OTTAWA – Leon Benoit, Member of Parliament for Vegreville-Wainwright, was very pleased to see Bill C-10 finally move on to third reading in the House of Commons. “This bill mainly targets organized crime and gangs and by imposing tougher mandatory penalties on those who use a firearm to commit crimes,” explains Benoit. “The Opposition has, for some reason, continued to oppose this bill and has worked to gut it, but this Conservative government was determined to see it move ahead in order to protect Canadians.”
Benoit points out that C-10 is a key element in Canada’s new Government’s comprehensive justice legislative agenda. “During the last election we promised to protect Canadian families and make communities safer by cracking down on guns, gangs and drugs,” states Benoit. “This is one more example of our commitment to do just that.”
After being repeatedly stalled by the Liberals in the House of Commons, C-10 is finally making legislative progress and heading towards the Senate. In their 2006 Platform, the Liberals told Canadians they would double the mandatory sentences for serious gun-related crimes. Yet, they have delayed the passage of C-10 in the House of Commons at every opportunity. “Liberal MPs such as Stéphane Dion, Marlene Jennings, Ralph Goodale, Belinda Stronach and Ruby Dhalla have all stood in the House and argued against imposed tougher penalties,” reveals Benoit.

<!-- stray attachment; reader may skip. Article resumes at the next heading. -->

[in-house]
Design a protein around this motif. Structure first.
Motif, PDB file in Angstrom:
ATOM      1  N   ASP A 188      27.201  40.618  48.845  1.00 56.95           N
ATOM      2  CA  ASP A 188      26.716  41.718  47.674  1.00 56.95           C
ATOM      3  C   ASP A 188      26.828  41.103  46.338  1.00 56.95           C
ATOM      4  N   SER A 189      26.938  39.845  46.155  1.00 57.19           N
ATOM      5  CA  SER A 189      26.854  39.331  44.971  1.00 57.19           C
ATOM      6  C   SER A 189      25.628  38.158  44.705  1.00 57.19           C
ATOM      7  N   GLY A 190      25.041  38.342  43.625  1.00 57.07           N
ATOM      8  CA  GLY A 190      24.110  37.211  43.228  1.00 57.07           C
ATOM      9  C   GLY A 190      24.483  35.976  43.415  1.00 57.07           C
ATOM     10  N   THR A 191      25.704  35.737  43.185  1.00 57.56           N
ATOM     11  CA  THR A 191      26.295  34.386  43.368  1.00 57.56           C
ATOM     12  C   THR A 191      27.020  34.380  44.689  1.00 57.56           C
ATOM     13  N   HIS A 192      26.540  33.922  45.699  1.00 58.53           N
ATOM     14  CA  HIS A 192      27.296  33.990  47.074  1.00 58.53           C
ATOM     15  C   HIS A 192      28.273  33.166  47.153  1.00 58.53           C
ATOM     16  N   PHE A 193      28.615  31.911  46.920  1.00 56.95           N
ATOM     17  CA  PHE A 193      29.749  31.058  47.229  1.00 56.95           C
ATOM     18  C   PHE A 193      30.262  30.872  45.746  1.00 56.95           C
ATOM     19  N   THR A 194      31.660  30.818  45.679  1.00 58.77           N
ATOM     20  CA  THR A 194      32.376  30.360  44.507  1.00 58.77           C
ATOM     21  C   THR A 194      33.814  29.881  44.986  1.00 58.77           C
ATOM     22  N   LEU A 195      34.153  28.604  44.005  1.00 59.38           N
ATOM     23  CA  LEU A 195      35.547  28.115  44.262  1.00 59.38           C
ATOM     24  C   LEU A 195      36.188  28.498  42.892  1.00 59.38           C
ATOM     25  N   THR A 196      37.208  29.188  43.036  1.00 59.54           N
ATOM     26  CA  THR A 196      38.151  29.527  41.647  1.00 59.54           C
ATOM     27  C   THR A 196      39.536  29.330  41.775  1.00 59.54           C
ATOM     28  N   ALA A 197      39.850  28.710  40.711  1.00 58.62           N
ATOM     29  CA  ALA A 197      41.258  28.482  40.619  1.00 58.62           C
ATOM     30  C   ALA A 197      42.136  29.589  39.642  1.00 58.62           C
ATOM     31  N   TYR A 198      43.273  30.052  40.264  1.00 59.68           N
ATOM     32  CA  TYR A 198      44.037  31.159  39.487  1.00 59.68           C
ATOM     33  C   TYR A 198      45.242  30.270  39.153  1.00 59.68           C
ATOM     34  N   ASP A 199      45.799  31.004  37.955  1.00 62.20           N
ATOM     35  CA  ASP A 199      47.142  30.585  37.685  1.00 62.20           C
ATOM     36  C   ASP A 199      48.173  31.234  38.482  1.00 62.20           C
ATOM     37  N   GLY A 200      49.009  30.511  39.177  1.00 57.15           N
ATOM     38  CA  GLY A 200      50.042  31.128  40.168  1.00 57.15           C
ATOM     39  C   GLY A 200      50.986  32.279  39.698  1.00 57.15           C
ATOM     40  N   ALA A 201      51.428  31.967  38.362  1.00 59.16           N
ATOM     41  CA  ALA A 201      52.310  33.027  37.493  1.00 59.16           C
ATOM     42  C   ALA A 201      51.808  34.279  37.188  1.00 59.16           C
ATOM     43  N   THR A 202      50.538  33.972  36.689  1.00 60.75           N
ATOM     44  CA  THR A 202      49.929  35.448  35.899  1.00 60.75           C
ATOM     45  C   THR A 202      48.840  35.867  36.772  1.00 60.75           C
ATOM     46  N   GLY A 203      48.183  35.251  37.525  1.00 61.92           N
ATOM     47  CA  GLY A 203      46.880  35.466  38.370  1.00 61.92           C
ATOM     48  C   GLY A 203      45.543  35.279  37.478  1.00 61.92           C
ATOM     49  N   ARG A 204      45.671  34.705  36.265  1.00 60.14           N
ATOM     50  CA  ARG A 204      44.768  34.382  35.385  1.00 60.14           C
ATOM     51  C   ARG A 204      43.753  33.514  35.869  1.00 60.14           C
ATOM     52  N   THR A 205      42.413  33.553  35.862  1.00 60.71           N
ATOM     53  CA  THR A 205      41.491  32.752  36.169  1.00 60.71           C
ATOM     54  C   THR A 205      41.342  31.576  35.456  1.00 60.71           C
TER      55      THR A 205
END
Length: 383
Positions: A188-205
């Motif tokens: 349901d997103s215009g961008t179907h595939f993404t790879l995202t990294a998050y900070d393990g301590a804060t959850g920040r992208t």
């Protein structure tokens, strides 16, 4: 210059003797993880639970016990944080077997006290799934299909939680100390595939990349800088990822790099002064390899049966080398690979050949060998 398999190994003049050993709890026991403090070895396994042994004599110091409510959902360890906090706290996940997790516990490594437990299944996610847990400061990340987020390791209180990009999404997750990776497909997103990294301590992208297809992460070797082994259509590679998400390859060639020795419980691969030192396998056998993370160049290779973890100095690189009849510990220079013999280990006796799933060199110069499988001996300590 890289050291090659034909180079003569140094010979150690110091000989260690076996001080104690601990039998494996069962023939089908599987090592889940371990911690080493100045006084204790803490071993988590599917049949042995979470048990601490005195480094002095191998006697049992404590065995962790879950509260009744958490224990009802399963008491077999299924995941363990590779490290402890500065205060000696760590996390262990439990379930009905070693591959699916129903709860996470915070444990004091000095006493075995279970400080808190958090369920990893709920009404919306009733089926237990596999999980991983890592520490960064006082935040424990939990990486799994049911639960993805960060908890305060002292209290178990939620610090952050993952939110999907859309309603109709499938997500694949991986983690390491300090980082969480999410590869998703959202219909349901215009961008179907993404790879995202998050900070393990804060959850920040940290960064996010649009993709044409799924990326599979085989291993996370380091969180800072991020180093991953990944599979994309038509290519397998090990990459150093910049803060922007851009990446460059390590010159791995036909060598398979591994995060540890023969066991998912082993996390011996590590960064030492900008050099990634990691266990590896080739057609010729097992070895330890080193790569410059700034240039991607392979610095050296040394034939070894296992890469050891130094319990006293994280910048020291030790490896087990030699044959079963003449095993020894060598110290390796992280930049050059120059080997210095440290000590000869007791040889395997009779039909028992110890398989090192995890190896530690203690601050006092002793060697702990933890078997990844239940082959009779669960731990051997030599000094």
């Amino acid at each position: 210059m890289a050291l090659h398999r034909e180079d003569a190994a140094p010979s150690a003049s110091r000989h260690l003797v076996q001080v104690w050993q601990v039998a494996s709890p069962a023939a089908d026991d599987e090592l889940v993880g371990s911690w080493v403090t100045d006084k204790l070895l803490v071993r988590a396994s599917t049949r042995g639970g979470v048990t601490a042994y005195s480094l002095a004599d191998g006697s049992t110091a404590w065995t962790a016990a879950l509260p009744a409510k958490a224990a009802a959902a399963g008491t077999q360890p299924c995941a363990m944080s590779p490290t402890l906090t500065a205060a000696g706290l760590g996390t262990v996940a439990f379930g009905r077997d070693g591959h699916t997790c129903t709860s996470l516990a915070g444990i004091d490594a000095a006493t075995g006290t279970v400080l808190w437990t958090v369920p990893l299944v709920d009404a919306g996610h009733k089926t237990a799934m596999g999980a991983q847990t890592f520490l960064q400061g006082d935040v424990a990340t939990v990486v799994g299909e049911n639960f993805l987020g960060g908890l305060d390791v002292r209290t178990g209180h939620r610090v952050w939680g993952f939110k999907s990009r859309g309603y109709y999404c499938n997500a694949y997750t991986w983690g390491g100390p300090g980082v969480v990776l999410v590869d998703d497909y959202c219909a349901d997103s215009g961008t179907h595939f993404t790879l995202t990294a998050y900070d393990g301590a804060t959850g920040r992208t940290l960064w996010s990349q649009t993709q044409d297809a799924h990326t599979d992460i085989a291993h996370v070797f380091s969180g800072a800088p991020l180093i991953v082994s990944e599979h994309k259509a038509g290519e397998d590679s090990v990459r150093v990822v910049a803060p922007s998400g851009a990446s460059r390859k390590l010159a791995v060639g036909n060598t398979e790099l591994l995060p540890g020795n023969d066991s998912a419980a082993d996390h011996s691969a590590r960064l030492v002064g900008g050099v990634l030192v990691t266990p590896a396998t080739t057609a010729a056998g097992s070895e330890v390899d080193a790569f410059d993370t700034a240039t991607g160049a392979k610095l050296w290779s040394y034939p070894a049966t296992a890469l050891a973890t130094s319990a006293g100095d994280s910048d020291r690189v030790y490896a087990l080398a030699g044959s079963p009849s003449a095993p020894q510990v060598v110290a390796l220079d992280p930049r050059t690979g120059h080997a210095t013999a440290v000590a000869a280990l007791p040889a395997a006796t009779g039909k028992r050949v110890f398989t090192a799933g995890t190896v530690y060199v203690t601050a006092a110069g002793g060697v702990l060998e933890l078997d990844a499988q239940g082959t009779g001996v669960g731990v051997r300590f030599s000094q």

C-10 will toughen sentences for serious gun offences for both “use” offences and “non-use” offences involving: attempted murder; discharging a firearm with intent; sexual and aggravated assault; kidnapping; hostage taking; robbery and extortion. The legislation originally proposed a five-year mandatory penalty for a first conviction; 7 years for a second conviction; and 10 years for a third and subsequent conviction. As amended, the bill now proposes a minimum penalty of five years on a first offence and 7 years on a second or subsequent offence. Without the passage of C-10 the penalty for these gun crimes will remain at only four years, regardless of the number of previous convictions.
“I look forward to seeing C-10 become law,” continues Benoit. “However I am concerned by the Senate’s record of stalling government bills. Our Conservative government will continue to work to see that C-10 receives Royal Assent, to ensure that our law enforcement personnel have the ability to keep repeat offenders, such as members of gangs and organized crime, off our streets.”
Since taking office, Canada's New Government has brought forward 12 justice bills, including legislation to restrict conditional sentences, to better fight alcohol- and drug-impaired driving, to create tougher laws against street racing, and to raise the age of consent from 14 to 16 years to protect youth from adult sexual predators. Despite repeated efforts to move this legislation through the House of Commons, thus far, only two bills have become law. “I urge Opposition members to stop playing political games and pass the outstanding pieces of legislation to protect our streets and communities and build a stronger, safer, better Canada,” concludes Benoit.